On April 5, 2010, the sun spewed a two million-mile-per-hour stream of charged particles toward the invisible magnetic fields surrounding Earth, known as the magnetosphere. As the particles interacted with the magnetic fields, the incoming stream of energy caused stormy conditions near Earth. Some scientists believe that it was this solar storm that interfered with commands to a communications satellite, Galaxy-15, which subsequently foundered and drifted, taking almost a year to return to its station.
Earth's magnetic field, which shields our planet from particles streaming outward from the Sun, often develops two holes that allow the largest leaks, according to researchers sponsored by NASA and the National Science Foundation.... Read Post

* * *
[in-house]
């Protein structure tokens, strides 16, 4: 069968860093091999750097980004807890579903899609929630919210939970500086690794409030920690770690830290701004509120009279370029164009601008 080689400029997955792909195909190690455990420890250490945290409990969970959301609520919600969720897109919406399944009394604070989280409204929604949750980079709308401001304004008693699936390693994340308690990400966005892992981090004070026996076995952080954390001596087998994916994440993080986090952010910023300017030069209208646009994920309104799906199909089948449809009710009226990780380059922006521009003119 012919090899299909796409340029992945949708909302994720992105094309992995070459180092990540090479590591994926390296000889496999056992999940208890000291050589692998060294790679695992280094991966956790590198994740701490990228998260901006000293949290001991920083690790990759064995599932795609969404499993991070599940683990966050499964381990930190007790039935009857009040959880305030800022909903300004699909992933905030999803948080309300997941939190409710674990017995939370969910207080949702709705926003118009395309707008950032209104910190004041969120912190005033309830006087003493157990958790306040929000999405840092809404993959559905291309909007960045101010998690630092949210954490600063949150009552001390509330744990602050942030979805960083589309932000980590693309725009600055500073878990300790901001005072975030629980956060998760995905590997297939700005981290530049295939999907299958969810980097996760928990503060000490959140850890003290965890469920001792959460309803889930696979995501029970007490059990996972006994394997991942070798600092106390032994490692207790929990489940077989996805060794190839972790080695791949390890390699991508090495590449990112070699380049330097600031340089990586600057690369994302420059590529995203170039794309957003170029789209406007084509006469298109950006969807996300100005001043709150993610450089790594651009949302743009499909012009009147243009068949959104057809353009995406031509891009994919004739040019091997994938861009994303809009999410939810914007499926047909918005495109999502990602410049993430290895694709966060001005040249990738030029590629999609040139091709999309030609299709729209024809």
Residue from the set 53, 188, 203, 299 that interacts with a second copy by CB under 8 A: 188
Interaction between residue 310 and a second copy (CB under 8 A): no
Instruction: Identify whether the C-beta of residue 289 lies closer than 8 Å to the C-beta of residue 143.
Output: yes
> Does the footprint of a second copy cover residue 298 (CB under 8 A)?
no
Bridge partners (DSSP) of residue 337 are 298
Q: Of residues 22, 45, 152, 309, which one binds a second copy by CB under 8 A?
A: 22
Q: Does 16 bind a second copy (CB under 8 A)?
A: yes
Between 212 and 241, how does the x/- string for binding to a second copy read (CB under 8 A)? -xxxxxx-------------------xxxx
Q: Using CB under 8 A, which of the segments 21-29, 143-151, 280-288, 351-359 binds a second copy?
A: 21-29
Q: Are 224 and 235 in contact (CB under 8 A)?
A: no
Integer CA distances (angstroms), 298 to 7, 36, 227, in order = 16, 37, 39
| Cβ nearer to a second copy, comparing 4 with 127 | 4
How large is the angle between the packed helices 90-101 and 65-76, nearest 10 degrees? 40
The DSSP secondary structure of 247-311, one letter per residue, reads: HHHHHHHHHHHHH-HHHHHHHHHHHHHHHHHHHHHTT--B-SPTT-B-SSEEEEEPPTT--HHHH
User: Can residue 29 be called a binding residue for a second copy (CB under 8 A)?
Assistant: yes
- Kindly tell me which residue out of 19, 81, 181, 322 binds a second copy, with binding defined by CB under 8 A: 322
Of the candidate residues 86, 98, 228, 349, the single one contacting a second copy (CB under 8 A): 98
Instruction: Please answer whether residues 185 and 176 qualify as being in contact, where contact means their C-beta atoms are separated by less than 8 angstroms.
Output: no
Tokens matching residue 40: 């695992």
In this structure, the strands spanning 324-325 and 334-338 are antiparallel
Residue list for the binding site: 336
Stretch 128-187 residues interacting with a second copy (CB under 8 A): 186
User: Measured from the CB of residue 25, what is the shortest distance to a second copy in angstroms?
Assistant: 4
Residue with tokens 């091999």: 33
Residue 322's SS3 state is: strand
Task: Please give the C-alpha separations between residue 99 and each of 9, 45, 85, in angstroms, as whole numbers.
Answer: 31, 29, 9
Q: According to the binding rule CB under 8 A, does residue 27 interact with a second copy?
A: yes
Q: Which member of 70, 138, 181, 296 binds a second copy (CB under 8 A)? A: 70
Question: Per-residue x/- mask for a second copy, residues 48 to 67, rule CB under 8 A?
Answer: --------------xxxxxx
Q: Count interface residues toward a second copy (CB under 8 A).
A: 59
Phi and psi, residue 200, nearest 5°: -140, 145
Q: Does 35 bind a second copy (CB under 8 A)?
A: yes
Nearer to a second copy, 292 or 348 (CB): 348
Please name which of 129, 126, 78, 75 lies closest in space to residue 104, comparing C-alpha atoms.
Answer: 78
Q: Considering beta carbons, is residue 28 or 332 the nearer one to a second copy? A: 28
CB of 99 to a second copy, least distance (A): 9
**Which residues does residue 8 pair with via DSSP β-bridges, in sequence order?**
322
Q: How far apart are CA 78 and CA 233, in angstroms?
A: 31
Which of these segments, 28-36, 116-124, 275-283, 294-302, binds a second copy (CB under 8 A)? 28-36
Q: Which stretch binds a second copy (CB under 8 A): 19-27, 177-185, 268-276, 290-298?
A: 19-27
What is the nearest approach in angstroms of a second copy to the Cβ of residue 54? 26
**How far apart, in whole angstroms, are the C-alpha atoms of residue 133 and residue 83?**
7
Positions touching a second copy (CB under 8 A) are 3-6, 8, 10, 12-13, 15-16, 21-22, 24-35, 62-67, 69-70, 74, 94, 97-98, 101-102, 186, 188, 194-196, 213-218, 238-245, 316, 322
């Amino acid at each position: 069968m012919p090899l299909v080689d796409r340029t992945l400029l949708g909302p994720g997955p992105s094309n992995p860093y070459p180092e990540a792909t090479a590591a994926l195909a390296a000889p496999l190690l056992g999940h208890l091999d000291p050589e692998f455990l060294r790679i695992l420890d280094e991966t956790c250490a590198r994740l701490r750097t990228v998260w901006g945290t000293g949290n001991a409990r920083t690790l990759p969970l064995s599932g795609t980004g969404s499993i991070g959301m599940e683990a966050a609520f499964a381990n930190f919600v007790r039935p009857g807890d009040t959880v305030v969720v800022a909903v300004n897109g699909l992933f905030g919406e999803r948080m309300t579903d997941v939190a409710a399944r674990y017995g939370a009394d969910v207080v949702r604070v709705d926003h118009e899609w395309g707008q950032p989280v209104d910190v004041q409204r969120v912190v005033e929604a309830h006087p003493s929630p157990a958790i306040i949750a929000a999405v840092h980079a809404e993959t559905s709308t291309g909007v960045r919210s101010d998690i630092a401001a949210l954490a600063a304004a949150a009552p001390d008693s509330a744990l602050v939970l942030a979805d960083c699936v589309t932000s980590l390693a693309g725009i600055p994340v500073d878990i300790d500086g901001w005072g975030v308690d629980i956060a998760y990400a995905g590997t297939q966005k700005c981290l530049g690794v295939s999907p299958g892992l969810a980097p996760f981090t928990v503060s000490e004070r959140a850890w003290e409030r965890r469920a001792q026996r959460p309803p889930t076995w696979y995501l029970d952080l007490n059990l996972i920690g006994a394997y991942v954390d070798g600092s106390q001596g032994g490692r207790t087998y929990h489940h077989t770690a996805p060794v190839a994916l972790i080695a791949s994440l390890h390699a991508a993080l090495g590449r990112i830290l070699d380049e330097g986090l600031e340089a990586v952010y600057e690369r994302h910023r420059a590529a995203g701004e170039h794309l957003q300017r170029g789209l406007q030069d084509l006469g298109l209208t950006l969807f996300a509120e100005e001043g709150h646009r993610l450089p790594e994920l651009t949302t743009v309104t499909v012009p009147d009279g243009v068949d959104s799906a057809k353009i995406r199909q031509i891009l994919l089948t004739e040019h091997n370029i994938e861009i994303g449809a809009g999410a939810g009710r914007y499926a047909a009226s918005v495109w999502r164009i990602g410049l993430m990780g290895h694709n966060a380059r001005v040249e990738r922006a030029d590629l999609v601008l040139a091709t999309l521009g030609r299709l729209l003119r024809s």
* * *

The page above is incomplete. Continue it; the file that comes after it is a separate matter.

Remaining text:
A detailed analysis of the measurements of five different satellites has revealed the existence of the warm plasma cloak, a new region of the magnetosphere, which is the invisible shield of magnetic fields and electrically charged p... Read Post
For the first time, instrumentation aboard two NASA missions operating from complementary vantage points watched as a powerful solar storm spewed a two million-mile-per-hour stream of charged particles and interacted with the invisi... Read Post